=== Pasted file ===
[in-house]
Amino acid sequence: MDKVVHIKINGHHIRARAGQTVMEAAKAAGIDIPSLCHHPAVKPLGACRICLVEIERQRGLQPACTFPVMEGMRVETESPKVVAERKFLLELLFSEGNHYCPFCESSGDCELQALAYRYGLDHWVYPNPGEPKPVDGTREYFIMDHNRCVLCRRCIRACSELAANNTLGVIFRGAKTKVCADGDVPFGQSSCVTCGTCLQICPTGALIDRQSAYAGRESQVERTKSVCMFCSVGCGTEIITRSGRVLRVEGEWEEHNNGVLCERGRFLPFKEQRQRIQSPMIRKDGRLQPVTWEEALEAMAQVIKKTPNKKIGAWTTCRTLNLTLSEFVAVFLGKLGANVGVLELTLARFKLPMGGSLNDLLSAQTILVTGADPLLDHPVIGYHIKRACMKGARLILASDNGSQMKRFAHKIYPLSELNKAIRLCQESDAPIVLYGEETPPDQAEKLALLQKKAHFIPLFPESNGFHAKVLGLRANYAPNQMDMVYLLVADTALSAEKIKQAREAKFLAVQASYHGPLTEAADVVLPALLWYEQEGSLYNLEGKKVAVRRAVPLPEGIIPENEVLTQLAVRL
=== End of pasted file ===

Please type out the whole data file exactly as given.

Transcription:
[in-house]
Amino acid sequence: MDKVVHIKINGHHIRARAGQTVMEAAKAAGIDIPSLCHHPAVKPLGACRICLVEIERQRGLQPACTFPVMEGMRVETESPKVVAERKFLLELLFSEGNHYCPFCESSGDCELQALAYRYGLDHWVYPNPGEPKPVDGTREYFIMDHNRCVLCRRCIRACSELAANNTLGVIFRGAKTKVCADGDVPFGQSSCVTCGTCLQICPTGALIDRQSAYAGRESQVERTKSVCMFCSVGCGTEIITRSGRVLRVEGEWEEHNNGVLCERGRFLPFKEQRQRIQSPMIRKDGRLQPVTWEEALEAMAQVIKKTPNKKIGAWTTCRTLNLTLSEFVAVFLGKLGANVGVLELTLARFKLPMGGSLNDLLSAQTILVTGADPLLDHPVIGYHIKRACMKGARLILASDNGSQMKRFAHKIYPLSELNKAIRLCQESDAPIVLYGEETPPDQAEKLALLQKKAHFIPLFPESNGFHAKVLGLRANYAPNQMDMVYLLVADTALSAEKIKQAREAKFLAVQASYHGPLTEAADVVLPALLWYEQEGSLYNLEGKKVAVRRAVPLPEGIIPENEVLTQLAVRL